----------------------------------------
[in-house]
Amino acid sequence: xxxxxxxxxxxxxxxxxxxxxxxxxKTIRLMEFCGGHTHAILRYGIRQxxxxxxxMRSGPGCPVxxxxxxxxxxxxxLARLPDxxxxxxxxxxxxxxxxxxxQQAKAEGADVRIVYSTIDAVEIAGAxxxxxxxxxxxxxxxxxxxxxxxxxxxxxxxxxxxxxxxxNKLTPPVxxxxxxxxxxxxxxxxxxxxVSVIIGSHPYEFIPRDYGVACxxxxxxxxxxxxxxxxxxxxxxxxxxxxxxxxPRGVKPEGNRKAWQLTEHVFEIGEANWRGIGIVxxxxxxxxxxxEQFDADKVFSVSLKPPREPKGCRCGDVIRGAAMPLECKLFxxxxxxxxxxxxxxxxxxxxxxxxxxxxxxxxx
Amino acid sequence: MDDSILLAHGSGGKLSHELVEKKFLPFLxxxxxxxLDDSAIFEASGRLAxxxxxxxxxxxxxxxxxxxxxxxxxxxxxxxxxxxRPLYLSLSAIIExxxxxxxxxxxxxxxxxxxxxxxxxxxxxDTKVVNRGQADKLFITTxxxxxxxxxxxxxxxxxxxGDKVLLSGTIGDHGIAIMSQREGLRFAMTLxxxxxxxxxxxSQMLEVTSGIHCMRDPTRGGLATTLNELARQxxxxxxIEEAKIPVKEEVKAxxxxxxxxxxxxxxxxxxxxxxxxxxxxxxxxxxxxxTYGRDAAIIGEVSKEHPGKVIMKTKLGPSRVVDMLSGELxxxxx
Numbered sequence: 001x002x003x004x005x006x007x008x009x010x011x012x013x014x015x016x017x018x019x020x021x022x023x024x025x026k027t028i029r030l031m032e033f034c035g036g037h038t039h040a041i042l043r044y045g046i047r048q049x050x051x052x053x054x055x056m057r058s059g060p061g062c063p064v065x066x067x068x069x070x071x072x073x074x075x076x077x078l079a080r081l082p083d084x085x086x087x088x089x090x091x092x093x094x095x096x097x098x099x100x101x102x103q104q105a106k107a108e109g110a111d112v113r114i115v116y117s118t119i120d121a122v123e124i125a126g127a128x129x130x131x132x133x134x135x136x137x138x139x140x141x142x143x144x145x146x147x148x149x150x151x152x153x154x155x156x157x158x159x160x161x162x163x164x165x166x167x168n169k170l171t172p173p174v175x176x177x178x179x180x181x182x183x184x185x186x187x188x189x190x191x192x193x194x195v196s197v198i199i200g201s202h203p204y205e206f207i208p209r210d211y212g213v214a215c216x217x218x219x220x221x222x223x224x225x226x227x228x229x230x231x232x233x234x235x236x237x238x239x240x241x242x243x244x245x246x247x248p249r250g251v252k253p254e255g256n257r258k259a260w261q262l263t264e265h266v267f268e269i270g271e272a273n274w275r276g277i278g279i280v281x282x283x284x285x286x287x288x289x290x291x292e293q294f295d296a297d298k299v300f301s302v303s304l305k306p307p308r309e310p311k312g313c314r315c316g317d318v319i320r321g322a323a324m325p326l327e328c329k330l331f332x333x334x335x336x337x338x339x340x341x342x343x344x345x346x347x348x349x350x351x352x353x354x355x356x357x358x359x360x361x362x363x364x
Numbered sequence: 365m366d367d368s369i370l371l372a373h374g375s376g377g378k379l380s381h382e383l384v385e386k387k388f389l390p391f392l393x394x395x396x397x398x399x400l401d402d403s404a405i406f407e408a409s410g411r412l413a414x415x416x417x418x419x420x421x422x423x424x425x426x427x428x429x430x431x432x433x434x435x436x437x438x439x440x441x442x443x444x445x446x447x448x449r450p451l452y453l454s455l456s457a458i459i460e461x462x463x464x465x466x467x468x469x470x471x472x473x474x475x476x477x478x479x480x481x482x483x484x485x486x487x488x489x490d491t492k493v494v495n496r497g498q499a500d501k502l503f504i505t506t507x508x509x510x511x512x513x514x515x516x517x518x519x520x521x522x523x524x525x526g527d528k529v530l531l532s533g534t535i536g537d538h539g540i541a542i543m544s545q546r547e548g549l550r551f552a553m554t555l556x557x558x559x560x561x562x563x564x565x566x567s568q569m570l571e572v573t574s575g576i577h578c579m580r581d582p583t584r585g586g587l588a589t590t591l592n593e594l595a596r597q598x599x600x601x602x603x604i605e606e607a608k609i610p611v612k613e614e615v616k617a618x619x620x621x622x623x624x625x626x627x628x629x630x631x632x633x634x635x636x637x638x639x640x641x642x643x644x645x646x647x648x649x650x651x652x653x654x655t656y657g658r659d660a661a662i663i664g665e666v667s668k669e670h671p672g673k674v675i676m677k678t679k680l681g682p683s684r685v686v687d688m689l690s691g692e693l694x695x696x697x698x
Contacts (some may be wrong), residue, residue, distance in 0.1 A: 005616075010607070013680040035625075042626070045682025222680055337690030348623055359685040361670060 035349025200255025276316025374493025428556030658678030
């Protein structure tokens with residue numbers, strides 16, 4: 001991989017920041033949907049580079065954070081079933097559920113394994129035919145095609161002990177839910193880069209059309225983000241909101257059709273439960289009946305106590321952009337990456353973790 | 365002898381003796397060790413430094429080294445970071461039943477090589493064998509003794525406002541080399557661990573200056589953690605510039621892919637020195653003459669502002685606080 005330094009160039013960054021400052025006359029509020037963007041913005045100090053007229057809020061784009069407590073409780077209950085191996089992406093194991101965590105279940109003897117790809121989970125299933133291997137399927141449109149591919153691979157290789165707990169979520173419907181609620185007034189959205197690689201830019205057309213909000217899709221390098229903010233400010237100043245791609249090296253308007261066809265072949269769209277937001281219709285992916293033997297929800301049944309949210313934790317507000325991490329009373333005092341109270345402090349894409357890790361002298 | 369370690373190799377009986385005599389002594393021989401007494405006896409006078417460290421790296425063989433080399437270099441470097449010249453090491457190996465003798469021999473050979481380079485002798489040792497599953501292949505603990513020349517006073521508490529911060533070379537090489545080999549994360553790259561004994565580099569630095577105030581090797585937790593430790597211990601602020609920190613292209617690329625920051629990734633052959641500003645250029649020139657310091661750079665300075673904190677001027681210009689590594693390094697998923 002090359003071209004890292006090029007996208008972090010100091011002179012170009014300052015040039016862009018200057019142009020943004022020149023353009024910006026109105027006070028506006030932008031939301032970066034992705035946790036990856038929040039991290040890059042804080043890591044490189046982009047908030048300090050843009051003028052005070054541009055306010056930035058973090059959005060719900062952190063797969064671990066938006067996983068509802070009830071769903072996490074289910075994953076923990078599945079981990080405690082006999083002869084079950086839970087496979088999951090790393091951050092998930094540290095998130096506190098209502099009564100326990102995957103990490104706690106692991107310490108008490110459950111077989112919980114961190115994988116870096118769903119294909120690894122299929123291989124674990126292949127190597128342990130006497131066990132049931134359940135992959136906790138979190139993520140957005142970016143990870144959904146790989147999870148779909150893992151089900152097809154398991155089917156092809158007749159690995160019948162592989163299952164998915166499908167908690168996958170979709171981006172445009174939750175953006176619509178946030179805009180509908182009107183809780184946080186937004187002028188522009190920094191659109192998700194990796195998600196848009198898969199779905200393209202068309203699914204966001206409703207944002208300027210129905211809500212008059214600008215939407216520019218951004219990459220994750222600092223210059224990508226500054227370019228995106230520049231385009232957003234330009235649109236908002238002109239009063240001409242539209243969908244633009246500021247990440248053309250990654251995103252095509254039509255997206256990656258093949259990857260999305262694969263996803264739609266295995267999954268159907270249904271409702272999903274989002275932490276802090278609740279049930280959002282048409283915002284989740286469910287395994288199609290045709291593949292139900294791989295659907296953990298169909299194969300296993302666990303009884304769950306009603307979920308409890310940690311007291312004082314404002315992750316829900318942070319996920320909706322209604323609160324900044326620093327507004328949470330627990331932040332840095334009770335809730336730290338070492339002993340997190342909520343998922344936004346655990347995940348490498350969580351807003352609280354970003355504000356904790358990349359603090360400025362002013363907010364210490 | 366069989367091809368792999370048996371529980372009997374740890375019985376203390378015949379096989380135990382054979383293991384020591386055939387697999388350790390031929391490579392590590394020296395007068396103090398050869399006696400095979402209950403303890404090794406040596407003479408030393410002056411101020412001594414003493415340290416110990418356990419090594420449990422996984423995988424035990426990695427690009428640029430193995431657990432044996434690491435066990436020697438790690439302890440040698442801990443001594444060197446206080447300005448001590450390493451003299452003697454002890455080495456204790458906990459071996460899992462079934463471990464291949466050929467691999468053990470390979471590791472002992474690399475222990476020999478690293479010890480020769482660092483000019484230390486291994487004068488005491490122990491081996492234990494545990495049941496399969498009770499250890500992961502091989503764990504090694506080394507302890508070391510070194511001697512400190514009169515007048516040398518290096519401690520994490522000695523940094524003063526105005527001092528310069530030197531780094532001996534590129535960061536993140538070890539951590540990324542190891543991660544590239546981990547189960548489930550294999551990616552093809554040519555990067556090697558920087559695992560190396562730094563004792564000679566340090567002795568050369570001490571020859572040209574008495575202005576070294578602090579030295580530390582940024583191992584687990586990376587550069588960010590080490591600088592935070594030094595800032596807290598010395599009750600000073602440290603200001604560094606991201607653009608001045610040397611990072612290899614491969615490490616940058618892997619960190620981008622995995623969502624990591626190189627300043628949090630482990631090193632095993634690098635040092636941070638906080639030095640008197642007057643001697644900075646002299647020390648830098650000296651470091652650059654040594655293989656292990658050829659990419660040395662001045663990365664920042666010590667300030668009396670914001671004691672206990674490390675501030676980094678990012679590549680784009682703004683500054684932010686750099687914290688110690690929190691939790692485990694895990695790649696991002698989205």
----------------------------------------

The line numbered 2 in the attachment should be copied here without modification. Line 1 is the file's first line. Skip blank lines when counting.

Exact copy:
Amino acid sequence: xxxxxxxxxxxxxxxxxxxxxxxxxKTIRLMEFCGGHTHAILRYGIRQxxxxxxxMRSGPGCPVxxxxxxxxxxxxxLARLPDxxxxxxxxxxxxxxxxxxxQQAKAEGADVRIVYSTIDAVEIAGAxxxxxxxxxxxxxxxxxxxxxxxxxxxxxxxxxxxxxxxxNKLTPPVxxxxxxxxxxxxxxxxxxxxVSVIIGSHPYEFIPRDYGVACxxxxxxxxxxxxxxxxxxxxxxxxxxxxxxxxPRGVKPEGNRKAWQLTEHVFEIGEANWRGIGIVxxxxxxxxxxxEQFDADKVFSVSLKPPREPKGCRCGDVIRGAAMPLECKLFxxxxxxxxxxxxxxxxxxxxxxxxxxxxxxxxx